Wheelchair Jesus

Cover of Planet of the Blind....man and dog....

Scholars and students of disability studies have had a great deal to tell us about the components of embodiment by which we mean “fringe” bodies held at remove from the tasteful drawing room. The TDR is your university, corporate conference table, the chamber of commerce, and yes, organized religion which is excused from adhering to the Americans with Disabilities Act presumably because in this “Christian” nation everyone knows the lame and halt are outcasts though Jesus said no such thing. One imagines the bishops reading John Rawls whose just society supposed no one would ever become ill. With a tip of the hat to Mel Brooks: “let’s have the dancing Jesuses over there; the singing Jesuses over here!”

Of course I like the wheelchair Jesus and the sign language Jesus and the guide dog traveling Jesus, the limping Jesus, and so forth.

In her edited volume “Foucault and the Government of Disability” the philosopher Shelley Tremain unpacks the creation of enforced disability, that is, disability as a vehicle for governance:

“…the governmental practices into which the subject is inducted and divided from others produce the illusion that they have a prediscursive, or natural, antecedent (impairment), which in turn provides the justification for the multiplication and expansion of the regulatory effects of these practices. That the discursive object called “impairment” is claimed to be the embodiment of a natural deficit or lack, furthermore, conceals the fact that the constitutive power relations that define and circumscribe “impairment” have already put in place broad outlines of the forms in which that discursive object will be materialized (Tremain 2001). In short, an argument about disability that takes Foucault’s approach would be concerned to show that there is indeed a causal relation between impairment and disability, and it is precisely this: the category of impairment emerged and, in many respects, persists in order to legitimize the governmental practices that generated it in the first place.”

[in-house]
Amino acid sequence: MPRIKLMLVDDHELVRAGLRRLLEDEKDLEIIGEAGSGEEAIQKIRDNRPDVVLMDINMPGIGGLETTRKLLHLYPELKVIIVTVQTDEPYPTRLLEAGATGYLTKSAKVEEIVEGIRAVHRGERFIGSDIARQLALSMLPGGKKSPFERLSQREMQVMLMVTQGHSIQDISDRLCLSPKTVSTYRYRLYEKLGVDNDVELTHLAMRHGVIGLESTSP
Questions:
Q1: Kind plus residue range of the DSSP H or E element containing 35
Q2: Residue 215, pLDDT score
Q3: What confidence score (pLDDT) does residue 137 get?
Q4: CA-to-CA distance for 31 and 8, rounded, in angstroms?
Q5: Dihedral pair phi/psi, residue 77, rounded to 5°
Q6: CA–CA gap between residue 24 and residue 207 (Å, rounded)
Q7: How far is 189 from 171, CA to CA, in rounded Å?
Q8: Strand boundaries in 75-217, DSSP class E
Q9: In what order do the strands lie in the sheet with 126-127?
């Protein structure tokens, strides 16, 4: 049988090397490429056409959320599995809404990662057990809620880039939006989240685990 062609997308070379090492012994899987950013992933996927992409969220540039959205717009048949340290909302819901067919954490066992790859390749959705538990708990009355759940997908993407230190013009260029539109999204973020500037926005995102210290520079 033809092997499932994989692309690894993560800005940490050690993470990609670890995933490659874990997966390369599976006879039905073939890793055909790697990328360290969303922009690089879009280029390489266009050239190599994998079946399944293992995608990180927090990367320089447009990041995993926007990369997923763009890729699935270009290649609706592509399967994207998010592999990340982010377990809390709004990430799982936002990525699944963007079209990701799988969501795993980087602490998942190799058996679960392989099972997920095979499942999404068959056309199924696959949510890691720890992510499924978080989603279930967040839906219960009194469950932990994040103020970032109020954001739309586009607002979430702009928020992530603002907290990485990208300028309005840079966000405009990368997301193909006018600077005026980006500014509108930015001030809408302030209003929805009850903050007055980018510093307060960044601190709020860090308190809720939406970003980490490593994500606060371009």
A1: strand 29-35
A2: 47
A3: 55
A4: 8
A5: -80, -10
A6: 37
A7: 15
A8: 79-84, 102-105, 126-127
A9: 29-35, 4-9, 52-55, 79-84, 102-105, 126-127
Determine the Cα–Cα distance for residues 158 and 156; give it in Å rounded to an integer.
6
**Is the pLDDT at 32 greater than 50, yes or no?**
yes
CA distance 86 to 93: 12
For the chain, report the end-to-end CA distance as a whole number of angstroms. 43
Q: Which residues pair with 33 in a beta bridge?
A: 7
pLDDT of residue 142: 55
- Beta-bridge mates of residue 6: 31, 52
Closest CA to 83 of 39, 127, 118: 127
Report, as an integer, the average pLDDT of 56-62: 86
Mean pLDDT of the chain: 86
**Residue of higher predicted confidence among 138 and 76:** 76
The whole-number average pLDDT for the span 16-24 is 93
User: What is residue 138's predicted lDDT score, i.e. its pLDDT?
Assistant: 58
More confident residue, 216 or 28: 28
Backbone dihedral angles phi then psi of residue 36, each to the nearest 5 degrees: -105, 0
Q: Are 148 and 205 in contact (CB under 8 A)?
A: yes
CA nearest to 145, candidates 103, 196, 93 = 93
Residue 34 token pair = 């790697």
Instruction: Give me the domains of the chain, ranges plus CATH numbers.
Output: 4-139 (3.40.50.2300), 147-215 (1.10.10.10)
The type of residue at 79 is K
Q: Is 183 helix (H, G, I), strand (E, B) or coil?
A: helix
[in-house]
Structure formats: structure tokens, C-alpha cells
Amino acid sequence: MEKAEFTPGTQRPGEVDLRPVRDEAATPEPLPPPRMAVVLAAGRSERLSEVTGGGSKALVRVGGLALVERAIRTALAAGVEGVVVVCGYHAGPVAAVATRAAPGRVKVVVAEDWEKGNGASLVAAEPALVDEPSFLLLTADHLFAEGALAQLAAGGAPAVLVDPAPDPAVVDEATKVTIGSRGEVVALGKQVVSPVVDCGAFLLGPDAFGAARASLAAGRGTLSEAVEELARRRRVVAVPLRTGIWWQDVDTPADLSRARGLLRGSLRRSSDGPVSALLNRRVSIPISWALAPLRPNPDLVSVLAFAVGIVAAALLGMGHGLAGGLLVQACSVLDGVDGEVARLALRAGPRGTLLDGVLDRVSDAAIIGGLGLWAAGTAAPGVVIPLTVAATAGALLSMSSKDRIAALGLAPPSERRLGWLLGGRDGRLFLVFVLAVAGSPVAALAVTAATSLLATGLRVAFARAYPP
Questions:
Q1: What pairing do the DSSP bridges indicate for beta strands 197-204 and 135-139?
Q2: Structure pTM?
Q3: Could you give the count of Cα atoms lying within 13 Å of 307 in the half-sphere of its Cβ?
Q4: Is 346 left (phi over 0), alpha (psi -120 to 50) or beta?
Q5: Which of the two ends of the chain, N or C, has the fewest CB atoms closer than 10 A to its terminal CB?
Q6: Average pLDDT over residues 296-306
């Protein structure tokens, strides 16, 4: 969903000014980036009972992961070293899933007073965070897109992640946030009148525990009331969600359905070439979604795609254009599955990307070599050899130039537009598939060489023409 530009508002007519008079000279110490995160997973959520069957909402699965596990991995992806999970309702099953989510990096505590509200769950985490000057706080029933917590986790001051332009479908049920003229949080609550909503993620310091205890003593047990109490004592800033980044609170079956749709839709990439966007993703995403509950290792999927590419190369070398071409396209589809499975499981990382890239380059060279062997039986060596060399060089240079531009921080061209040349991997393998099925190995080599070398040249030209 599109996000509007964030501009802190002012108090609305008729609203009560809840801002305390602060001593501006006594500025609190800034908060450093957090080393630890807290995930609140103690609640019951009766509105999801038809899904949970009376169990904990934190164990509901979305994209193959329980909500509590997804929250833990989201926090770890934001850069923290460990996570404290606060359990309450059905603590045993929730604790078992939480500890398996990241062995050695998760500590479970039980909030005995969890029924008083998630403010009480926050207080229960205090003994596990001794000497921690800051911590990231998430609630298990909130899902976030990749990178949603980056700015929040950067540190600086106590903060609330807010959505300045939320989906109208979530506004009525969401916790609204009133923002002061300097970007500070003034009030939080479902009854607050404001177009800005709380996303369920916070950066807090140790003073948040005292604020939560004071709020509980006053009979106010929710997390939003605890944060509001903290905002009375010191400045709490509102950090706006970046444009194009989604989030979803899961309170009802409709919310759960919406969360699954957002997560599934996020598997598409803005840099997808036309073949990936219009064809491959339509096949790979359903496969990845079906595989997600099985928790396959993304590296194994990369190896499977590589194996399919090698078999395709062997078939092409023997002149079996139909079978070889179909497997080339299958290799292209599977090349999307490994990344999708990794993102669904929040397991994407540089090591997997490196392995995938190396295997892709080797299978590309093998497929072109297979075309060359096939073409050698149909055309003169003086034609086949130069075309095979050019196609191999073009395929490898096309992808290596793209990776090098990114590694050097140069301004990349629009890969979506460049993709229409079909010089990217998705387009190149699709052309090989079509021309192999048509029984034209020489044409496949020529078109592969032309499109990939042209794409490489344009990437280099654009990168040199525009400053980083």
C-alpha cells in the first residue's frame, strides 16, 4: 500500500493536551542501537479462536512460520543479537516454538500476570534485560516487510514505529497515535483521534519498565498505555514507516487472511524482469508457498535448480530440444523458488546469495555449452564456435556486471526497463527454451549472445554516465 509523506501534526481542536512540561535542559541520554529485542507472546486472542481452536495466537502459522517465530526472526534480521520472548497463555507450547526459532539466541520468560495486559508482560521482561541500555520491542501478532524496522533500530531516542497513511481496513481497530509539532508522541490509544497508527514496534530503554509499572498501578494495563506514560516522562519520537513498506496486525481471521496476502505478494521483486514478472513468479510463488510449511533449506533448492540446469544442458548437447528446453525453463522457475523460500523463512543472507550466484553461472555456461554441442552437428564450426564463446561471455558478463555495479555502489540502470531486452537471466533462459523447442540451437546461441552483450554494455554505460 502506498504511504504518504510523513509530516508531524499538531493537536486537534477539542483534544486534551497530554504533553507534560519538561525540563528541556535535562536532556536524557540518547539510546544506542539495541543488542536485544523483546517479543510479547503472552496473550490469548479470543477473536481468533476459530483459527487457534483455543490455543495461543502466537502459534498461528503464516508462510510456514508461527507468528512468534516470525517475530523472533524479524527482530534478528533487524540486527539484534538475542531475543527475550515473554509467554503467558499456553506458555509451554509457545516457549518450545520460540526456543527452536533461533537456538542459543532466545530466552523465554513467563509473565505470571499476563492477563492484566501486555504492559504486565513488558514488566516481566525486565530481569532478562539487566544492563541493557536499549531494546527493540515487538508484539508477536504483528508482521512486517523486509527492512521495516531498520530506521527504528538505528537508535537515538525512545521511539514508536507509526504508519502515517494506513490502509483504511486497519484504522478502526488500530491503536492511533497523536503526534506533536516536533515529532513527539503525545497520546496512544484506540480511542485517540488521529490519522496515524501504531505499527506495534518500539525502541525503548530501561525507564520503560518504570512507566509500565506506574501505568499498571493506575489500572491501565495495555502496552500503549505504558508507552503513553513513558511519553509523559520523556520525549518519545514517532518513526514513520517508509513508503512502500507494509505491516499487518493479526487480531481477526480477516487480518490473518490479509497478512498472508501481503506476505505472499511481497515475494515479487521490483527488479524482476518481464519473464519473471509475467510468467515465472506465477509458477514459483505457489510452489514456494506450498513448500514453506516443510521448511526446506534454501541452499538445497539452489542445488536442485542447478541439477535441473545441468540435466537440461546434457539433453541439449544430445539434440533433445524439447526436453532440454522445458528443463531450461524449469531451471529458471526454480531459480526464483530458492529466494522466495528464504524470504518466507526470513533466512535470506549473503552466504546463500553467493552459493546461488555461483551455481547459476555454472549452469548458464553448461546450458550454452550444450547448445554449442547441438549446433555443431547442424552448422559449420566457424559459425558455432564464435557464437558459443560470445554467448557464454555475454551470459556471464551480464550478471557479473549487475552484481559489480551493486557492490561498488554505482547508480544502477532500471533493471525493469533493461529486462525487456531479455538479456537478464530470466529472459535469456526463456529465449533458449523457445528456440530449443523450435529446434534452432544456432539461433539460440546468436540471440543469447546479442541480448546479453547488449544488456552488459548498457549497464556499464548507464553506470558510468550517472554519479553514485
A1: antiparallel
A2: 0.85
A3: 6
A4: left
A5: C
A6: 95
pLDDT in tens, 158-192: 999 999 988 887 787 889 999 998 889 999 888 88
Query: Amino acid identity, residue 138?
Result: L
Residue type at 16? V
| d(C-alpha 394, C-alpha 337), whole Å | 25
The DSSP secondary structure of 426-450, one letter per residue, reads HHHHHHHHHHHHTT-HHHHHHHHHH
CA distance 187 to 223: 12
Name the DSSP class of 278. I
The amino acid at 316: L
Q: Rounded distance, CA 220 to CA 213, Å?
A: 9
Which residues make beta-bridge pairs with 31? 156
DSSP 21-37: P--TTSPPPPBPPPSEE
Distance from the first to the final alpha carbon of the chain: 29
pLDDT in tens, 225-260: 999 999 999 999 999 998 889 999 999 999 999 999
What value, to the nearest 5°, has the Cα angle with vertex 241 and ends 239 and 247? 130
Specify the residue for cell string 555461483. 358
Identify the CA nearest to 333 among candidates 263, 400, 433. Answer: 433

If you’re not a philosopher or a historian of governmental effectuation this passage might be as difficult as abstract poetry but let’s say disability was created by government to withdraw status from outlier bodies because they couldn’t work in the newfangled factories of the late 18th century. Disability originally meant and continues to mean lack of economic agency. Governments then created carceral institutions hidden behind tall hedges. Thus the government of disability both creates disablement and enforces the lived experience of disability.

Now putting a ramp on a church is just too damned expensive. Easier to keep the fringe out. If there wasn’t something wrong with them Jesus wouldn’t need to cure them. Curing them is Jesus’ job. We love Jesus. But you must agree the disabled aren’t tasteful.

What does this have to do with Foucault and the government of disability? Plenty. Enforced unfitness is designed to be unresolvable. Then exclusionary. A human difference that’s always too expensive. And in the pandemic, why not let them expire?

The best of the liberal intellectual tradition calls on us to engage with and talk back to the enforcements of bio-politics.

Here comes wheelchair Jesus.

Author: skuusisto

Poet, Essayist, Blogger, Journalist, Memoirist, Disability Rights Advocate, Public Speaker, Professor, Syracuse University

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